Effect of Incorporating Genetic Testing Results into Nutrition Counseling and Care on Dietary Intake: An Evidence Analysis Center Systematic Review—Part I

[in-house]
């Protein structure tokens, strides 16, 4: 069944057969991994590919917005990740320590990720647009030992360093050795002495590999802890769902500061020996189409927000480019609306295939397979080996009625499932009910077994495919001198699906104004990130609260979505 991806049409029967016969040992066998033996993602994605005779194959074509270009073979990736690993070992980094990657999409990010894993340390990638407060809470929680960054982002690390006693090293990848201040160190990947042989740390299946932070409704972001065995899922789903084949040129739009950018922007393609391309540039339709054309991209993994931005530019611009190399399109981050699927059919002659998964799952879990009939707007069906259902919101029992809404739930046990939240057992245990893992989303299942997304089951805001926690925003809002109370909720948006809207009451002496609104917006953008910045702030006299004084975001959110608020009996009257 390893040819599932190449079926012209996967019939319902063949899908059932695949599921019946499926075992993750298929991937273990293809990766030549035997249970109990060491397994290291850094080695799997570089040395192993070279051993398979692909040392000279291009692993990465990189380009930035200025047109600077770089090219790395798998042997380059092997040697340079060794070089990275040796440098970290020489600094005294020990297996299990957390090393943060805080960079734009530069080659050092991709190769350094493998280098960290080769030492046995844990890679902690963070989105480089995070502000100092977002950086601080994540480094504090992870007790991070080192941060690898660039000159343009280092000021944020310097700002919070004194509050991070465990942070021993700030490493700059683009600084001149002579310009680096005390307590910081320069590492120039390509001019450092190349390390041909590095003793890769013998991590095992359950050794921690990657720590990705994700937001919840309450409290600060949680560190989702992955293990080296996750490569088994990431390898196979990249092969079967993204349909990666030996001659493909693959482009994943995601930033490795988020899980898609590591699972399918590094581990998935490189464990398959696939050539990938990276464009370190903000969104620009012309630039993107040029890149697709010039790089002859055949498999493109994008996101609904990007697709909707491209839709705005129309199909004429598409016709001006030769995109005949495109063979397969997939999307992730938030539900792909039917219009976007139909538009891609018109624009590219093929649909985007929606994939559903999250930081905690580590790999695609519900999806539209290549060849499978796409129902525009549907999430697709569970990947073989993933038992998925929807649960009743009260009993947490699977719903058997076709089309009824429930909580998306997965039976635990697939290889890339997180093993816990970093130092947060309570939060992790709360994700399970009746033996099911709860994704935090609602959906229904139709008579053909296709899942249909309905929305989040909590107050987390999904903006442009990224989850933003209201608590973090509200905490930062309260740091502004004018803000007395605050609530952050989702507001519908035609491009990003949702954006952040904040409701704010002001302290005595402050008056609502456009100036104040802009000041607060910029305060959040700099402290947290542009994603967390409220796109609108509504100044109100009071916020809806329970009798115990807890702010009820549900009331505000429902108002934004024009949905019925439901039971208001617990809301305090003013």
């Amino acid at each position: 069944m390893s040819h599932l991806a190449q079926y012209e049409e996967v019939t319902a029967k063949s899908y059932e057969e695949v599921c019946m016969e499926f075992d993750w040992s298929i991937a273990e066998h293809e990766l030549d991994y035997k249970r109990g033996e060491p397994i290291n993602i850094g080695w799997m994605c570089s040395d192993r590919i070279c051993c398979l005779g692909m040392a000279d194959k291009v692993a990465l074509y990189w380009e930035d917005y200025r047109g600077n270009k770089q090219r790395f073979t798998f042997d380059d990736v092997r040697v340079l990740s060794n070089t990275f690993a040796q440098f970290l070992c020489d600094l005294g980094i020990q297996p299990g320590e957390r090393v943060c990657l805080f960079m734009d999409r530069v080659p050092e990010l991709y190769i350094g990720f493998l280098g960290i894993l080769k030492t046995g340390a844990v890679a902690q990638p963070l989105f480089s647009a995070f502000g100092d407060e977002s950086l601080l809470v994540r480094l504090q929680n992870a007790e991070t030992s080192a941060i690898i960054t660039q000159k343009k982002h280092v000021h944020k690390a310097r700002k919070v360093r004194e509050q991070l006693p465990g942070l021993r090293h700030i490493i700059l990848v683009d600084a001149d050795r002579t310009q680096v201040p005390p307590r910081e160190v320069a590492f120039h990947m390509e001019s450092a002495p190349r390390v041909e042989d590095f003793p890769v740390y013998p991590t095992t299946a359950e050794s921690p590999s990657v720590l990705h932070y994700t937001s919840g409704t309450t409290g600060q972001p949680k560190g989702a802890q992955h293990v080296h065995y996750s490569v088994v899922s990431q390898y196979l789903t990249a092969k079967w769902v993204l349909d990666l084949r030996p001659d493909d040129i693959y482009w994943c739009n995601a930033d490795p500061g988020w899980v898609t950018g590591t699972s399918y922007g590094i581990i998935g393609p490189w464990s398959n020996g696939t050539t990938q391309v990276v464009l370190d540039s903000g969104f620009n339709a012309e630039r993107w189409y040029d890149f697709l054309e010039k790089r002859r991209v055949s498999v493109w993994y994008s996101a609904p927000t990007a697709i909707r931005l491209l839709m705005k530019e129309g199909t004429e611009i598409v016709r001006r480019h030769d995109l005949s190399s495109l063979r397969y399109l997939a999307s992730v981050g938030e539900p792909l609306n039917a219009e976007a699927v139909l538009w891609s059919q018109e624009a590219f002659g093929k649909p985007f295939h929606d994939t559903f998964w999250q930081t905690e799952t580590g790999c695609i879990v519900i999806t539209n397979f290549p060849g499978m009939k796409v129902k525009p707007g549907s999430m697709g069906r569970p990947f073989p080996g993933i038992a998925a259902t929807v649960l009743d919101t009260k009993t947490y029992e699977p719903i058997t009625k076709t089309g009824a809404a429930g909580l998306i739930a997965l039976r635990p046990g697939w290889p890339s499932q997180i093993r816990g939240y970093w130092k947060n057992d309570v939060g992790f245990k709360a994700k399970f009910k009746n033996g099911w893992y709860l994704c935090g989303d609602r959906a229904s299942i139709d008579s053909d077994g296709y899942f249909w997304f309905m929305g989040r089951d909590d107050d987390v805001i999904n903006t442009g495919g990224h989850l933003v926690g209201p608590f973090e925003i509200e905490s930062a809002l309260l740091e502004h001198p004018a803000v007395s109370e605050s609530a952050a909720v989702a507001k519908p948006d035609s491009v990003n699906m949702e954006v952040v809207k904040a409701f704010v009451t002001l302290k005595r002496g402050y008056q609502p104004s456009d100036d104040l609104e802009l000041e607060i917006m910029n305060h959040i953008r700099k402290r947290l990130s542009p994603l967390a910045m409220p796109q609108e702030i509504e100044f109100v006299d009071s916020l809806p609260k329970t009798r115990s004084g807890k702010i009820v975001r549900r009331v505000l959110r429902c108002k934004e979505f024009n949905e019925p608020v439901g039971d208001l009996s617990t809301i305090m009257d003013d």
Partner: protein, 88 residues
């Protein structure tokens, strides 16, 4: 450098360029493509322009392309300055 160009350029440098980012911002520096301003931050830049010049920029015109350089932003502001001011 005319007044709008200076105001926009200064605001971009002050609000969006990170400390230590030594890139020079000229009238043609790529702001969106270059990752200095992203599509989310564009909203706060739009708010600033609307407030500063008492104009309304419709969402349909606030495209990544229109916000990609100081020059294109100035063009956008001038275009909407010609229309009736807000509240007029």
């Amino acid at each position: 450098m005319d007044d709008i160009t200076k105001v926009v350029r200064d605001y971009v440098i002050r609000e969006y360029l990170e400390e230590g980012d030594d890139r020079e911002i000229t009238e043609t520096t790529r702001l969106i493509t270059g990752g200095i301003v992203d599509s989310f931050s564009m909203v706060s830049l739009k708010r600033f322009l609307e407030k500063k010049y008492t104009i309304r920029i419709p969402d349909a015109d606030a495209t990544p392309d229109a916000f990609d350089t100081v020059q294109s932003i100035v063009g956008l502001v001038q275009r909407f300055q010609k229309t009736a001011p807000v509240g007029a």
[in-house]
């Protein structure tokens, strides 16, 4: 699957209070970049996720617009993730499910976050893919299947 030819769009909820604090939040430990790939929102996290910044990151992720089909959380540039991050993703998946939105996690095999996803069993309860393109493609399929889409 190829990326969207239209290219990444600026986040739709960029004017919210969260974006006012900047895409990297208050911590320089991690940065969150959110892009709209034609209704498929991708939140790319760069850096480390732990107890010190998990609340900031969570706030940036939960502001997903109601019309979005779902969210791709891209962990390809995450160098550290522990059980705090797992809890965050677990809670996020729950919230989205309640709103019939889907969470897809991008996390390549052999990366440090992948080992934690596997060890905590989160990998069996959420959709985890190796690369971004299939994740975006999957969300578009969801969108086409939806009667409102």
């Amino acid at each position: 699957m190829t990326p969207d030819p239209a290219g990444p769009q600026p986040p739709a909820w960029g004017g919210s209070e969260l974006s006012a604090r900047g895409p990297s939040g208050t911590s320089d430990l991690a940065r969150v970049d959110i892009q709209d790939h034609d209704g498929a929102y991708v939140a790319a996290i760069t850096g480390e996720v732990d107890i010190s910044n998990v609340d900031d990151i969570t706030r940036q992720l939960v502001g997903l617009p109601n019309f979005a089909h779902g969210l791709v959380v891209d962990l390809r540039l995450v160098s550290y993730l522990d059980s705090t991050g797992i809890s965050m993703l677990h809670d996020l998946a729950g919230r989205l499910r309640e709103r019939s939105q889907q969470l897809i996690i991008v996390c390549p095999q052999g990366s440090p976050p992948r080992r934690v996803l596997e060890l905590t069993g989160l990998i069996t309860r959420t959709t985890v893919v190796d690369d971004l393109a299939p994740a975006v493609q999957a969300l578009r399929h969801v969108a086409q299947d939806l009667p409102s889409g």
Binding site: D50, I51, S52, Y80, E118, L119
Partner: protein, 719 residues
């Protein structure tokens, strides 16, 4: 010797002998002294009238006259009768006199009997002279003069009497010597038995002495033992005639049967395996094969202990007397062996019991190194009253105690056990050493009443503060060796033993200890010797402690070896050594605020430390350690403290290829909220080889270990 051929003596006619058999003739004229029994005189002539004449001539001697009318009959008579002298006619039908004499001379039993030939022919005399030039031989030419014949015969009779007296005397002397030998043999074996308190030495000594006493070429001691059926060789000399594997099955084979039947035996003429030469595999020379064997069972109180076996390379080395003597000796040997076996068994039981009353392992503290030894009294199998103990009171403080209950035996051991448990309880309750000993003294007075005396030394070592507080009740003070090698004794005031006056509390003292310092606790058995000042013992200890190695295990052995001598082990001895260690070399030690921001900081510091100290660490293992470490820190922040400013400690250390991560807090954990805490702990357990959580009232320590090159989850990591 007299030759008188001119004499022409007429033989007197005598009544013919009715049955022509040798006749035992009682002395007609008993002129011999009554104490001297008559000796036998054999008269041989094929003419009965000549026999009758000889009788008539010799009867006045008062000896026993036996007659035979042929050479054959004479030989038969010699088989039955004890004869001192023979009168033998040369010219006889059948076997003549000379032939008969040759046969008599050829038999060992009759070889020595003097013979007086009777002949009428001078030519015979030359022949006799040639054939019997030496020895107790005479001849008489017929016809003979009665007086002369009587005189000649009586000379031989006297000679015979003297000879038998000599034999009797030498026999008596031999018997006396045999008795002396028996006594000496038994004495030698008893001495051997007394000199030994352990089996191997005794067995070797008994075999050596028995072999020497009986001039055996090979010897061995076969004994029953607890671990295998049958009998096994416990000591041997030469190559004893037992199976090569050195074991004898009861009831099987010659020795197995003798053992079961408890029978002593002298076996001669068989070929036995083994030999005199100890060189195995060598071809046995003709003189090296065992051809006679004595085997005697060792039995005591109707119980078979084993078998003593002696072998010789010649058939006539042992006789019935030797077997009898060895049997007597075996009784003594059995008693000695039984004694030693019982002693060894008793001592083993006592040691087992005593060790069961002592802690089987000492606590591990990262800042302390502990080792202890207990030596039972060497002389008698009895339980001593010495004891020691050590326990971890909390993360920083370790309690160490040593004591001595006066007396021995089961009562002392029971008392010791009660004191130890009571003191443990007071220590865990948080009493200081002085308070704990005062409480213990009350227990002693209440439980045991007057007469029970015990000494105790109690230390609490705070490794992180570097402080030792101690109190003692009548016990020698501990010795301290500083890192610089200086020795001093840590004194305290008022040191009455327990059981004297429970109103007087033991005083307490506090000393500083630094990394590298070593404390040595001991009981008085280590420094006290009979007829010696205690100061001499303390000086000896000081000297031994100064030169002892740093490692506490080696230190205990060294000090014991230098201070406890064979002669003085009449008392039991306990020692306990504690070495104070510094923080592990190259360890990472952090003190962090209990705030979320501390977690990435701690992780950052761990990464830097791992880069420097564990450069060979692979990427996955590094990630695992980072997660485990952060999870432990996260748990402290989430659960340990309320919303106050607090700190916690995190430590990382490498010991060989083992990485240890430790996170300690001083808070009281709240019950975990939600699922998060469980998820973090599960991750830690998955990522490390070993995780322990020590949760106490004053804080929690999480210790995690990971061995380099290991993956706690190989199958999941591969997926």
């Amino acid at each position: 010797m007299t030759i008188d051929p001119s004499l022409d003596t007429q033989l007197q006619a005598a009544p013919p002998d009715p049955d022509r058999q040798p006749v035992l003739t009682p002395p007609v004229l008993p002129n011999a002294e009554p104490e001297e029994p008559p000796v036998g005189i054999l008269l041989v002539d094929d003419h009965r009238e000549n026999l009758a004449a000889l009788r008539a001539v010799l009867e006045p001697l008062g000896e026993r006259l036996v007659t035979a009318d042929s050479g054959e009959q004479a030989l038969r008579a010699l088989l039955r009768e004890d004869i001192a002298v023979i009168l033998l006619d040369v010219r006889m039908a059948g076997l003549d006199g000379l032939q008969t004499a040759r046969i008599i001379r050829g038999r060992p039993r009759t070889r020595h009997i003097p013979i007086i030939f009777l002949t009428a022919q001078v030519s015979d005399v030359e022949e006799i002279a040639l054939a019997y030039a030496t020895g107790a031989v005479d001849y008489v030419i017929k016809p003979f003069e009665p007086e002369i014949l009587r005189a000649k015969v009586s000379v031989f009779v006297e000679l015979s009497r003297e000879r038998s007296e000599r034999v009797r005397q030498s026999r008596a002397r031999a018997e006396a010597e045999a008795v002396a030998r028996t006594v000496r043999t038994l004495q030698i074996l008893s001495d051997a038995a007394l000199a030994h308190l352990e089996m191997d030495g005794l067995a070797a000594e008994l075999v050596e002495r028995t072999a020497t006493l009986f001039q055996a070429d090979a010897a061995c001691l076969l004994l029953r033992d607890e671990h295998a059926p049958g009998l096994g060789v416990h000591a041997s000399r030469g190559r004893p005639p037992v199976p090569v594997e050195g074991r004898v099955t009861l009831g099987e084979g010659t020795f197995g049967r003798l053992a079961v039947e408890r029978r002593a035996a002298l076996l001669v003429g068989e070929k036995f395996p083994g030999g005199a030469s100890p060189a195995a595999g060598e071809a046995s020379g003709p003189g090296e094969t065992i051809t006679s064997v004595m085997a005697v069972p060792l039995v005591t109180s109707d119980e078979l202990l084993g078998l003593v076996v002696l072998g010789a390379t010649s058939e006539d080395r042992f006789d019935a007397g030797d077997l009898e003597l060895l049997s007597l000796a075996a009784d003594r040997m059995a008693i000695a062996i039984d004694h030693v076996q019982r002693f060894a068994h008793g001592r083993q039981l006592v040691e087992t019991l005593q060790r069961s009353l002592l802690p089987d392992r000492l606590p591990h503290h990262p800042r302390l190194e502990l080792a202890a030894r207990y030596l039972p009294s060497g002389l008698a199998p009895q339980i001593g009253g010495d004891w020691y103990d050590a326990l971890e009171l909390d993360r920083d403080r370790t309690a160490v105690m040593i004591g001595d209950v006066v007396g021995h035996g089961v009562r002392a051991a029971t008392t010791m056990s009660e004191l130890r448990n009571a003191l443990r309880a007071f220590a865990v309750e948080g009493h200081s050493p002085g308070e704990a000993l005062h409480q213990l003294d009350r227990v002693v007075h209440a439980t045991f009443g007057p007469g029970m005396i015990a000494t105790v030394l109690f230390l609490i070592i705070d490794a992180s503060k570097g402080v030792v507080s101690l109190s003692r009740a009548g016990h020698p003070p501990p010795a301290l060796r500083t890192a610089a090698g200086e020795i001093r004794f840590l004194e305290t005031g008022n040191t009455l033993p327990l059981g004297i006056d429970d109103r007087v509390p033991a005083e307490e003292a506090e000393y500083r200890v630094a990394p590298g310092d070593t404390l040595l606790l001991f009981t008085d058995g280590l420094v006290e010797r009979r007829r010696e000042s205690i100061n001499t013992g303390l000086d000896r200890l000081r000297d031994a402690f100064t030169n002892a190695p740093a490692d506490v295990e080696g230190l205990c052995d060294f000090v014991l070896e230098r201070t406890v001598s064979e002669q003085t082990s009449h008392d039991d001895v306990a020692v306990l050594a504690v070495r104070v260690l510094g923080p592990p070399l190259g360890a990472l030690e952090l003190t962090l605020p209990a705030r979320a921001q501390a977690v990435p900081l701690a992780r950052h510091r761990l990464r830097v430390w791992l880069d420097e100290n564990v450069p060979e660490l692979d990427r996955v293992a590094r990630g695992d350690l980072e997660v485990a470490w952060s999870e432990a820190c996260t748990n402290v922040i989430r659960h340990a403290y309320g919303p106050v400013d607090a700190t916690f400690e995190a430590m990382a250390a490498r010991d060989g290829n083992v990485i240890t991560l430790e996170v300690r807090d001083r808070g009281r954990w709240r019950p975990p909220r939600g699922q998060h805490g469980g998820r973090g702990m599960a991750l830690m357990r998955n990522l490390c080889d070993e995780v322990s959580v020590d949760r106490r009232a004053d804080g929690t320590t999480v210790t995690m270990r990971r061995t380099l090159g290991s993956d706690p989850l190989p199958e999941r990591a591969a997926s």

Consumer interest in personalized nutrition based on nutrigenetic testing is growing. Recently, multiple, randomized controlled trials have sought to understand whether incorporating genetic information into dietary counseling alters dietary outcomes. The objective of this systematic review was to examine how incorporating genetic information into nutrition counseling and care, compared to an alternative intervention or control group, impacts dietary outcomes. This is the first of a 2-part systematic review series. Part II reports anthropometric, biochemical, and disease-specific outcomes. Peer-reviewed randomized controlled trials were identified through a systematic literature search of multiple databases, screened for eligibility, and critically reviewed and synthesized. Conclusion statements were graded to determine quality of evidence for each dietary outcome reported. Reported outcomes include intake of total energy and macronutrients, micronutrients, foods, food groups, food components (added sugar, caffeine, and alcohol), and composite diet scores. Ten articles representing 8 unique randomized controlled trials met inclusion criteria. Of 15 conclusion statements (evidence grades: Weak to Moderate), 13 concluded there was no significant effect of incorporating genetic information into nutrition counseling/care on dietary outcomes. Limited data suggested that carriers of higher-risk gene variants were more likely than carriers of low-risk gene variants to significantly reduce intake of sodium and alcohol in response to nutrition counseling that incorporated genetic results. Included studies differed in quality, selected genetic variants, timing and intensity of intervention, sample size, dietary assessment tools, and population characteristics. Therefore, strong conclusions could not be drawn. Collaboration between the Academy of Nutrition and Dietetics and professional nutrigenetic societies would likely prove valuable in prioritizing which genetic variants and targeted nutrition messages have the most potential to alter dietary outcomes in a given patient subpopulation and, thus, should be the targets of future research.